[The Perry Township community is struggling with the losses of four teens to suicide within six months.]
My name is Jeff Yalden.
I’m a mental health and suicide prevention /crisis intervention expert for teens and young people.
Over the past few months, I have received a lot of cries for help from people in your community, so after this last loss, I decided to make the above video for you – hoping that you that you can do a little to help with all of you trying to move forward.
Parents and students, teachers, administrators and community – I hope you are listening.
I can’t do anything unless I am invited by the schools or the community, but first I want to be very careful in the words I use and how I say what I want to say.
Please understand that my intentions are pure, and my heart hurts for you all. Most importantly, I want to send my prayers and thoughts to every family that is directly impacted. Their lives will never be the same. For the rest of their lives, they have to spend time picking up the pieces and asking why.
I’m truly sorry.
I want to acknowledge each and every one of you – whether it be families, friends, classmates, students – teachers, staff members, administrators – the whole community and the surrounding communities as well. Not one person isn’t affected by these losses. And if my understanding is correct (I’m going off emails, social media messages and I’m reading online), you have all experienced significant loss in the past five or six months.
Four losses since August. One this past New Year’s Day.
In my work, I deal with teen suicide and loss every day – and words can’t adequately describe the pain I feel in my heart when I hear of the death of a young person. But I get it, though. I was once there. I understand.
After a suicide – or multiple suicides like you are dealing with – we’re left asking why a young person with so much to live for makes a forever decision to end his or her own life. Why or how would a teenager get so hopeless or feel that suicide is the only option?
My friends – our system is broken. It’s flawed. Our teenagers are growing up in a broken system in America, and America has a responsibility. The responsibility is simple: If we’re going to have Internet, cell phones and social media platforms –then our government needs to provide the adequate care for what this brings.
Simply put: We’re giving our young people rights and privileges that they are not emotionally capable of handling, and this can bring consequences like mental health issues and depression – and in many cases, this can lead to suicide.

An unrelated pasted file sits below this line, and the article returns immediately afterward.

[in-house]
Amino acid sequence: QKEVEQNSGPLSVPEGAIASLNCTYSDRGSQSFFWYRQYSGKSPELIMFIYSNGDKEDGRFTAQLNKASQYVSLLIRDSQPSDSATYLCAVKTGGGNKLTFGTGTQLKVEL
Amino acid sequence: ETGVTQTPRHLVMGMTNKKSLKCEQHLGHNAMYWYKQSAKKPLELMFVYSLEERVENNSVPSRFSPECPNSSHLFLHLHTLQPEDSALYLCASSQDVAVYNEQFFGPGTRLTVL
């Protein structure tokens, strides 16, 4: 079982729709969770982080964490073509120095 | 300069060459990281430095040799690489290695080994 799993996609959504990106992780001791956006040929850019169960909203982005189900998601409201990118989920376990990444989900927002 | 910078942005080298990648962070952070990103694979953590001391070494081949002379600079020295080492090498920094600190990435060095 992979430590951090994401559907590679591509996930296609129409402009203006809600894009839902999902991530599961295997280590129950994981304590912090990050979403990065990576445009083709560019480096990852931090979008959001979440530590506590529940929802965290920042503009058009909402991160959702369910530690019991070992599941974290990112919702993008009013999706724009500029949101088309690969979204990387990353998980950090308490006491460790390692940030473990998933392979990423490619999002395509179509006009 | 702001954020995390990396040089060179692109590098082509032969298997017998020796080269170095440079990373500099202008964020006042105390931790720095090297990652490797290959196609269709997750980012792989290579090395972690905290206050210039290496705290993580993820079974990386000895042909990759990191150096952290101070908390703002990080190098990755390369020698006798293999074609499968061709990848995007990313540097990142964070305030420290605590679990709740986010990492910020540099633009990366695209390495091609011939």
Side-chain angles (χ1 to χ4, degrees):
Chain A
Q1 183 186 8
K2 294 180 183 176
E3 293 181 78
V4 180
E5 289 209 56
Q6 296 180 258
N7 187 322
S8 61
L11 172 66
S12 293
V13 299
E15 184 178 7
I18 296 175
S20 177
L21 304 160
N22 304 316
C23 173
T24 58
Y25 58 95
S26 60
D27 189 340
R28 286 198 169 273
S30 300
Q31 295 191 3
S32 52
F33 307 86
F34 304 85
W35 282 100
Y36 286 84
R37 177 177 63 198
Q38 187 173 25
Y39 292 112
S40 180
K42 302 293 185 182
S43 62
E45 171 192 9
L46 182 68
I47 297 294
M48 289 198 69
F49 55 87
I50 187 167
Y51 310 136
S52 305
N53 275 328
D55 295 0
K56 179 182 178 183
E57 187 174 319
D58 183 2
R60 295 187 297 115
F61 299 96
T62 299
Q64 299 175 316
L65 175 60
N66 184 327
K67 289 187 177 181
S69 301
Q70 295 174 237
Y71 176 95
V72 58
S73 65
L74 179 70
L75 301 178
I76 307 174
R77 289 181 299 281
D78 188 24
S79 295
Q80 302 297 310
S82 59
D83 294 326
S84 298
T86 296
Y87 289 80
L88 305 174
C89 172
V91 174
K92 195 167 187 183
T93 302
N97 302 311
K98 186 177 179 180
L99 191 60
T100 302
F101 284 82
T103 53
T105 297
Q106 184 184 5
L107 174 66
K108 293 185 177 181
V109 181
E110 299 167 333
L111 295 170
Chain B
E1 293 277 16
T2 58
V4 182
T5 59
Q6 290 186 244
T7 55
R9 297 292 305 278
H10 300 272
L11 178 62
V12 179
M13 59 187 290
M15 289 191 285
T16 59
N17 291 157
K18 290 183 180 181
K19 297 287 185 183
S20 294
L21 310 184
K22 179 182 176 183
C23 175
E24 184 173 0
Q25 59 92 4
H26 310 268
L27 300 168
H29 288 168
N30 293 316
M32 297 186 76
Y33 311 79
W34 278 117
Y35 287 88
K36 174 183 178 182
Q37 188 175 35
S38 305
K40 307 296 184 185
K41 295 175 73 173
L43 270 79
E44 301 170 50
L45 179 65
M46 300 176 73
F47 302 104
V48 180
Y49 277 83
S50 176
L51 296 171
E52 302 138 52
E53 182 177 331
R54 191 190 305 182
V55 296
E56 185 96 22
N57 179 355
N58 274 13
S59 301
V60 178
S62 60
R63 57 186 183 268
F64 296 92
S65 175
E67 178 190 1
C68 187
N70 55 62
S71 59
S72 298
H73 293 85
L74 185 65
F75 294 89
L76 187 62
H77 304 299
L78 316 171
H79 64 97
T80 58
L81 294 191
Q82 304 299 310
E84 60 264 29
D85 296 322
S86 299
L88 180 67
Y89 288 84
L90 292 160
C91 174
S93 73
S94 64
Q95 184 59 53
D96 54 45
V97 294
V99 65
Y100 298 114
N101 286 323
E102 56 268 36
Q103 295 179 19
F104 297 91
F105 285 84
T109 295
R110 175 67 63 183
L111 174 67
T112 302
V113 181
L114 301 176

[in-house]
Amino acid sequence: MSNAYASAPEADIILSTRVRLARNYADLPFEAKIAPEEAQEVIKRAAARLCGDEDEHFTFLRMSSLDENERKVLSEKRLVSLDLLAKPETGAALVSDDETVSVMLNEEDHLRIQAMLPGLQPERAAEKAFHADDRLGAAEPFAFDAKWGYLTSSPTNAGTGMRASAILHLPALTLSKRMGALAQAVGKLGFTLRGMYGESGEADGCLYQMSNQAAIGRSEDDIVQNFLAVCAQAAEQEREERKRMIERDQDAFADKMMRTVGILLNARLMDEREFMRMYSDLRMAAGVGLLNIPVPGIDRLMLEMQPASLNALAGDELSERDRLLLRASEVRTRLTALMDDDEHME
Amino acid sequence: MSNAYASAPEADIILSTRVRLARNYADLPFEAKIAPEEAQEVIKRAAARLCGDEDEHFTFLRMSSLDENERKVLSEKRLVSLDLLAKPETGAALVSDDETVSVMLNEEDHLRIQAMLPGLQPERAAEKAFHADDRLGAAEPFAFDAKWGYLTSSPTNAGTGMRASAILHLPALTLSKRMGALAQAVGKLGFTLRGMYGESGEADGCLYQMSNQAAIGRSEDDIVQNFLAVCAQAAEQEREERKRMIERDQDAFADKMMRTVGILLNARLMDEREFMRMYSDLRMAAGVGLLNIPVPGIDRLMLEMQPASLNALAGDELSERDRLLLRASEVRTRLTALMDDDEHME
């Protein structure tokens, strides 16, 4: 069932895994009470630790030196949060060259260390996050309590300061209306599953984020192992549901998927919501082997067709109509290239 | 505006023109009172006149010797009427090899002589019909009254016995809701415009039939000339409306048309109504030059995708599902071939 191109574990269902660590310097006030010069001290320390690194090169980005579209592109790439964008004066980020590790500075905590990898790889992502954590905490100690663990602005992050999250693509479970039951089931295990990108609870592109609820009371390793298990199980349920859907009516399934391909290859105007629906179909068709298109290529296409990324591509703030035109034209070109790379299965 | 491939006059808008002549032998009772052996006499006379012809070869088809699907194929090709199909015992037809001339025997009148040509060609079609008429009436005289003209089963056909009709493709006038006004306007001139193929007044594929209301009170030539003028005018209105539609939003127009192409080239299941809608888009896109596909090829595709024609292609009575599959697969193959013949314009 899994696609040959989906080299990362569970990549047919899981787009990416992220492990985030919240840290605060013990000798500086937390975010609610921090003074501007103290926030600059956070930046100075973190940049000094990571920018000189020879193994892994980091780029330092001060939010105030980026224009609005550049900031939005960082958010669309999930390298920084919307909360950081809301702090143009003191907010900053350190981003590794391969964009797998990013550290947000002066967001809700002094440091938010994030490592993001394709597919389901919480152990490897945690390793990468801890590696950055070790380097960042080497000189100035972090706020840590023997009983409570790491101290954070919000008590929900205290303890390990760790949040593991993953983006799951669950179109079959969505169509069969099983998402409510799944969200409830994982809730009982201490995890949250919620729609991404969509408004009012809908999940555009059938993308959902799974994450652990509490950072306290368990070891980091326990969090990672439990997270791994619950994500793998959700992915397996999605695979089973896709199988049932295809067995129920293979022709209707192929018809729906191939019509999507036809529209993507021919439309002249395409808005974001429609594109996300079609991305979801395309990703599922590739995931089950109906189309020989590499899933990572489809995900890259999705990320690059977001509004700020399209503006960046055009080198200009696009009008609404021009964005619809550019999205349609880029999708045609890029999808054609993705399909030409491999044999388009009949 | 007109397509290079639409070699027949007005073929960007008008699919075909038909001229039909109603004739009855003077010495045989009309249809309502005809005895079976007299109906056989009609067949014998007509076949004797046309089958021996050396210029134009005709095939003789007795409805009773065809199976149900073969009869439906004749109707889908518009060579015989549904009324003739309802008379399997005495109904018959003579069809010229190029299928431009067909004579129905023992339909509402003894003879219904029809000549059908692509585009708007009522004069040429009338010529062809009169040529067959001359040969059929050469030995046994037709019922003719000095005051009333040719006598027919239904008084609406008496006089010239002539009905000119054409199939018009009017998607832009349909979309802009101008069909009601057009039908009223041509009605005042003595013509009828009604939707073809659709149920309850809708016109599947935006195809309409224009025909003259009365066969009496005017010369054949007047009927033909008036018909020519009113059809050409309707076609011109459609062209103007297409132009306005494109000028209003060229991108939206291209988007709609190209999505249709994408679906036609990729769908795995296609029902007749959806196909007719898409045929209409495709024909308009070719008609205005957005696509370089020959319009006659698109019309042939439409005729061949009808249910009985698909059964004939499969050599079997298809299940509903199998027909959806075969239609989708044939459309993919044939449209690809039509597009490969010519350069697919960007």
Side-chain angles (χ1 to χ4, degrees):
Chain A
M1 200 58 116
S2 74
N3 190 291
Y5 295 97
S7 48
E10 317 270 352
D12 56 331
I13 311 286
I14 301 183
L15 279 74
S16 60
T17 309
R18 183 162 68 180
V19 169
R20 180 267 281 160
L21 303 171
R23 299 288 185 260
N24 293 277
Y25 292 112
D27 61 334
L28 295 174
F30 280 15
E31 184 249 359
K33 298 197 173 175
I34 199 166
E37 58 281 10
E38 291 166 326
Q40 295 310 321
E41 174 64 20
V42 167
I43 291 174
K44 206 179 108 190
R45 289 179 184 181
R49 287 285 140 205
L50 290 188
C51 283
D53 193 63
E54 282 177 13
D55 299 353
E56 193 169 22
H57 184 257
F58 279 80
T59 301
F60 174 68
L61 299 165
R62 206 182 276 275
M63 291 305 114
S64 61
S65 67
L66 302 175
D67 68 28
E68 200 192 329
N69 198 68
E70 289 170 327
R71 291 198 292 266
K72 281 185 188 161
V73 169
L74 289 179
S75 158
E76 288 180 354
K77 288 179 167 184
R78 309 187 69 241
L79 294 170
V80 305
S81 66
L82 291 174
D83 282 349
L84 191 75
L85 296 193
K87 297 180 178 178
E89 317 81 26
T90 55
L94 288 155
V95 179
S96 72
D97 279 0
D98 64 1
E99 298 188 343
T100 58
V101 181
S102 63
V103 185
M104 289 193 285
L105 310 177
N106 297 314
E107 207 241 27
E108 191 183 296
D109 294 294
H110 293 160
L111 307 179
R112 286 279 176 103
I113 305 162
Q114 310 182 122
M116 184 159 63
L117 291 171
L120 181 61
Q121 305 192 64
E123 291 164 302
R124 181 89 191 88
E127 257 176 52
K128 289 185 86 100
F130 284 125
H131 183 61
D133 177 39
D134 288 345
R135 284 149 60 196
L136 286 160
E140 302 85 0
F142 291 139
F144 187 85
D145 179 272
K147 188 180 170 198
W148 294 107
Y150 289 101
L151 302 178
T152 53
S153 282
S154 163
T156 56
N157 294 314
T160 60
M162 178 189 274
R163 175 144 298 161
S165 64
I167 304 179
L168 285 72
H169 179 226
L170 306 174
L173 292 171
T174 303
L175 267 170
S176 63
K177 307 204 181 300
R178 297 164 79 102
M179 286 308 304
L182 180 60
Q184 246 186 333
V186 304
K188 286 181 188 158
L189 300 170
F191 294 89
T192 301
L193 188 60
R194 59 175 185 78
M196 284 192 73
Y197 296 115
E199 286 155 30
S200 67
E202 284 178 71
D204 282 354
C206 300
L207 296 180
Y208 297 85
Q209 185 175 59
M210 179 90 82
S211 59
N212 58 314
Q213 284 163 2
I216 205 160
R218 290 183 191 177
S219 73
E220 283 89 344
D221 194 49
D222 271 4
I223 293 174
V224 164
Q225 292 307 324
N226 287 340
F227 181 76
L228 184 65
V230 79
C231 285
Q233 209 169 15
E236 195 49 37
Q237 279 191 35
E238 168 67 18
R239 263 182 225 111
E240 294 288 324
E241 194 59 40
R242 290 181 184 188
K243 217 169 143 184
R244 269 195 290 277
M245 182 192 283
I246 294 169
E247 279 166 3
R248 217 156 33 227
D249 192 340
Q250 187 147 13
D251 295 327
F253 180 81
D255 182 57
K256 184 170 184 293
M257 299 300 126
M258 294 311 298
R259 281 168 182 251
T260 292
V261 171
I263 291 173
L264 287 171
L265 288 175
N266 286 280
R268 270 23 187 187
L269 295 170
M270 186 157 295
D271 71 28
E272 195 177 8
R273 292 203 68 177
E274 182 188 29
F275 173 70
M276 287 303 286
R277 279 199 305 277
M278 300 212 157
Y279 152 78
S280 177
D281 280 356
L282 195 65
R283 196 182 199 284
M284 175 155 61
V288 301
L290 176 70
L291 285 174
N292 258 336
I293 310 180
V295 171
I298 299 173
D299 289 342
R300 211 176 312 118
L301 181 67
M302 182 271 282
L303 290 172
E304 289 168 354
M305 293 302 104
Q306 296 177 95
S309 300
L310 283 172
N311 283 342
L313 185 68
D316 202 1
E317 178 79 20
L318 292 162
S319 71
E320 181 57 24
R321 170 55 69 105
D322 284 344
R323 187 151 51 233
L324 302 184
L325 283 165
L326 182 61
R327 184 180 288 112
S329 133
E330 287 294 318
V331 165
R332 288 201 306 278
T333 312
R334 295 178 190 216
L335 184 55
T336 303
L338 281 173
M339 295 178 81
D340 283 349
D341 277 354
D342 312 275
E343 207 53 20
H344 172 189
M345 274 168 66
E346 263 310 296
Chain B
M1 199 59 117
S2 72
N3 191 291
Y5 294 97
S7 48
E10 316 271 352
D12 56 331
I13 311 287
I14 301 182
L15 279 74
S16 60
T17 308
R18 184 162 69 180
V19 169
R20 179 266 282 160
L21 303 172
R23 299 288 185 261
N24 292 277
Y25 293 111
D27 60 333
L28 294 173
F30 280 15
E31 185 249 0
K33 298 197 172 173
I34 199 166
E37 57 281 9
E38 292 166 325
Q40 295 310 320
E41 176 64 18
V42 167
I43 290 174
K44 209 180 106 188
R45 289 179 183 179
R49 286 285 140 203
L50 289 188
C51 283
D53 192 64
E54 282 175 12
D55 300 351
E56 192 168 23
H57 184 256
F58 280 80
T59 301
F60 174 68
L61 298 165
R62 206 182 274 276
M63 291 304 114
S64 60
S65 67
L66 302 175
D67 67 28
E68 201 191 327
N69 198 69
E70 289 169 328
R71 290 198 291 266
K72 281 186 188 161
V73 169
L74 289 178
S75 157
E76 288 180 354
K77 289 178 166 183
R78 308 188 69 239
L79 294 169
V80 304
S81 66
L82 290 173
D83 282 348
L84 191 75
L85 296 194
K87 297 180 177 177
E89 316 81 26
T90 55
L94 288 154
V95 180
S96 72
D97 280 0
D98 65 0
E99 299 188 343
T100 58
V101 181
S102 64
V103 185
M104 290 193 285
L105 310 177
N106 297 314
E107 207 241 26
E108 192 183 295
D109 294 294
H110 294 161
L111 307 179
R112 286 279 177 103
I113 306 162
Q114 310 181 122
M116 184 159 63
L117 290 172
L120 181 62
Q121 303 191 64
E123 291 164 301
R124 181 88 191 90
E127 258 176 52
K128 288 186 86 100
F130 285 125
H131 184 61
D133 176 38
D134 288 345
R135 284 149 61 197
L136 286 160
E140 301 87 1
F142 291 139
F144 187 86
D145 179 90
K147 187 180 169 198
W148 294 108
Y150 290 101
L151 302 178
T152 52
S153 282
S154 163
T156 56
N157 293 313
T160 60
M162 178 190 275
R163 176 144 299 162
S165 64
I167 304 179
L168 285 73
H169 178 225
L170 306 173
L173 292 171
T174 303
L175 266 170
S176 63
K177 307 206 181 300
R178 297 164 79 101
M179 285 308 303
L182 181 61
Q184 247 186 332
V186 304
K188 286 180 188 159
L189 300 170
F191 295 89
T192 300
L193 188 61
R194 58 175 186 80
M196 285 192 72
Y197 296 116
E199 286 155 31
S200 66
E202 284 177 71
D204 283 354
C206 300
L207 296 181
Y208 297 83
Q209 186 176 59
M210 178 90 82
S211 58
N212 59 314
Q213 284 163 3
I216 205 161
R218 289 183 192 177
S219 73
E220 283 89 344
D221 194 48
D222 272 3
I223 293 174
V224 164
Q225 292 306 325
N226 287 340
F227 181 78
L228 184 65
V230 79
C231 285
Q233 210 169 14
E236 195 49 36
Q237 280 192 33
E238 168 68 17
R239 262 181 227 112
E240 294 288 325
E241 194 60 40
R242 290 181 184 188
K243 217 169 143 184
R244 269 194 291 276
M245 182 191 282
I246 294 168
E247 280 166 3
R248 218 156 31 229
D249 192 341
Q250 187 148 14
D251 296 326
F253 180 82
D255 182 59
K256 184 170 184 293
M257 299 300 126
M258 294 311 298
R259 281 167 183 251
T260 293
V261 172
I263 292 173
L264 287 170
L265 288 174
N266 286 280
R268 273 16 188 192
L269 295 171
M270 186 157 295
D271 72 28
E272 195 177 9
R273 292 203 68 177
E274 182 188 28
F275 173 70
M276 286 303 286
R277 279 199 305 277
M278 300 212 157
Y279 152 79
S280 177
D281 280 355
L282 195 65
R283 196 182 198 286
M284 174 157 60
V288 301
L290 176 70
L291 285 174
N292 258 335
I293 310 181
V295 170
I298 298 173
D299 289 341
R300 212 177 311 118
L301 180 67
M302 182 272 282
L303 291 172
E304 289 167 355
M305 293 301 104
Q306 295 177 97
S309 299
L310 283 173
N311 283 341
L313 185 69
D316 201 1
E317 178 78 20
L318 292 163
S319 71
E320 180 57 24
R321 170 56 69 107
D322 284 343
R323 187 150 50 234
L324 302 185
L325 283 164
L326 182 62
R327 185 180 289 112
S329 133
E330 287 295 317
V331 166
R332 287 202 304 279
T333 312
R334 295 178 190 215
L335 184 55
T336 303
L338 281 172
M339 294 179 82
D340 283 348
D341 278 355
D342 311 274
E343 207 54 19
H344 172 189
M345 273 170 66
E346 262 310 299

IT’S OK TO ASK FOR HELP
We need to teach our young people coping skills and problem-solving skills. My friends, this is a parenting issue, but I think education needs to change. We need to focus more on social and emotional learning. We need to focus on and really build the self-esteem of our children and prepare them for life’s challenges, obstacles and situations. We need to give them the tools to be successful in life. In the meantime, we need adequate mental health care and counseling. We also need more involved parents.
We need to teach our young people that it is OK to ask for help without feeling intimidated or wrong for asking. But here’s what I am seeing all too much: When suicide happens, we’re left reacting. We are emotionally reacting. Parents and community are looking to place blame on the school, the administration, or the teachers.
“It’s bullying,” it’s that reason, this happened or that happened. “You’re not doing this…”
Suicide is never the result of one thing.
I will say that one thing can be the straw that breaks the camel’s back, but suicide is never the result of one thing. Also, no administrator is ever given a certificate on how to handle a suicide – whether that suicide is on campus or off campus – whether it happens in the building, outside the building – whether it is an incoming student that is relatively new to the school community or it’s a popular student athlete, adored by everyone. No student loss or suicide is ever the same.
They are all different, and how they are handled isn’t really anyone’s business because the school administrator and his or her team has to think about two things – what is in the best interest of the students, and what is in the best interest of the teachers and staff members.
Our job as parents is to support their decisions and accept them – especially now.
Our job is to rally together and support the school, the teachers, and the administration – not just when we have loss, but every day.
Our kids ask two questions, and whether you are a teacher, a coach, a parent or anyone that works with youth – we need to answer these two questions:
1) Can I trust you?
2) Do you care about me?
These two questions are the cornerstone of every trusted relationship.